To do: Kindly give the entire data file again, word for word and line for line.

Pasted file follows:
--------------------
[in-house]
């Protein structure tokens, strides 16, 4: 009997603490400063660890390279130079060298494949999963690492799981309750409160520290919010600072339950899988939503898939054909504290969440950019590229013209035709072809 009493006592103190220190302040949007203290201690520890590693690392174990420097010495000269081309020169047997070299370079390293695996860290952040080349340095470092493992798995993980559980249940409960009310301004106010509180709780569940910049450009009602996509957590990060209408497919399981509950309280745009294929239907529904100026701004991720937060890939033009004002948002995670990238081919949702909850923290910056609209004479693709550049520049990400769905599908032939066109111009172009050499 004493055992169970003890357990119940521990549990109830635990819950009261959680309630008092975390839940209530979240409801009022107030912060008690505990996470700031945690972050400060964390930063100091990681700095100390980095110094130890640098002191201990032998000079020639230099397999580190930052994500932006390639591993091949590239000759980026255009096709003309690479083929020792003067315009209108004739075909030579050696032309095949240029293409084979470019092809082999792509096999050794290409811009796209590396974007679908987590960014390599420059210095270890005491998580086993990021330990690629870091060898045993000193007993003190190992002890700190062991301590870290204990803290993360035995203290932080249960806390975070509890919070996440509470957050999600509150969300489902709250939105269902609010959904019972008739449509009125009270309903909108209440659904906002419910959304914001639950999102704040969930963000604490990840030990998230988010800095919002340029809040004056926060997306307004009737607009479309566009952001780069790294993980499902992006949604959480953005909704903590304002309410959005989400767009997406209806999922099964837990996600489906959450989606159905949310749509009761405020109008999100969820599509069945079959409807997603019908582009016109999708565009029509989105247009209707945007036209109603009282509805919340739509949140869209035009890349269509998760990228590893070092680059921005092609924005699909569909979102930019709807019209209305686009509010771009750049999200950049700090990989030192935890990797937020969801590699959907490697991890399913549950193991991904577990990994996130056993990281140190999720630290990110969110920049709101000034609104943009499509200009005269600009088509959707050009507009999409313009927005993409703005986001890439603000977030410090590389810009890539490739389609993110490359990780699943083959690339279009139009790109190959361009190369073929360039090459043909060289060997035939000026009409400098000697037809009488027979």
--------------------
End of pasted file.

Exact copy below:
[in-house]
């Protein structure tokens, strides 16, 4: 009997603490400063660890390279130079060298494949999963690492799981309750409160520290919010600072339950899988939503898939054909504290969440950019590229013209035709072809 009493006592103190220190302040949007203290201690520890590693690392174990420097010495000269081309020169047997070299370079390293695996860290952040080349340095470092493992798995993980559980249940409960009310301004106010509180709780569940910049450009009602996509957590990060209408497919399981509950309280745009294929239907529904100026701004991720937060890939033009004002948002995670990238081919949702909850923290910056609209004479693709550049520049990400769905599908032939066109111009172009050499 004493055992169970003890357990119940521990549990109830635990819950009261959680309630008092975390839940209530979240409801009022107030912060008690505990996470700031945690972050400060964390930063100091990681700095100390980095110094130890640098002191201990032998000079020639230099397999580190930052994500932006390639591993091949590239000759980026255009096709003309690479083929020792003067315009209108004739075909030579050696032309095949240029293409084979470019092809082999792509096999050794290409811009796209590396974007679908987590960014390599420059210095270890005491998580086993990021330990690629870091060898045993000193007993003190190992002890700190062991301590870290204990803290993360035995203290932080249960806390975070509890919070996440509470957050999600509150969300489902709250939105269902609010959904019972008739449509009125009270309903909108209440659904906002419910959304914001639950999102704040969930963000604490990840030990998230988010800095919002340029809040004056926060997306307004009737607009479309566009952001780069790294993980499902992006949604959480953005909704903590304002309410959005989400767009997406209806999922099964837990996600489906959450989606159905949310749509009761405020109008999100969820599509069945079959409807997603019908582009016109999708565009029509989105247009209707945007036209109603009282509805919340739509949140869209035009890349269509998760990228590893070092680059921005092609924005699909569909979102930019709807019209209305686009509010771009750049999200950049700090990989030192935890990797937020969801590699959907490697991890399913549950193991991904577990990994996130056993990281140190999720630290990110969110920049709101000034609104943009499509200009005269600009088509959707050009507009999409313009927005993409703005986001890439603000977030410090590389810009890539490739389609993110490359990780699943083959690339279009139009790109190959361009190369073929360039090459043909060289060997035939000026009409400098000697037809009488027979």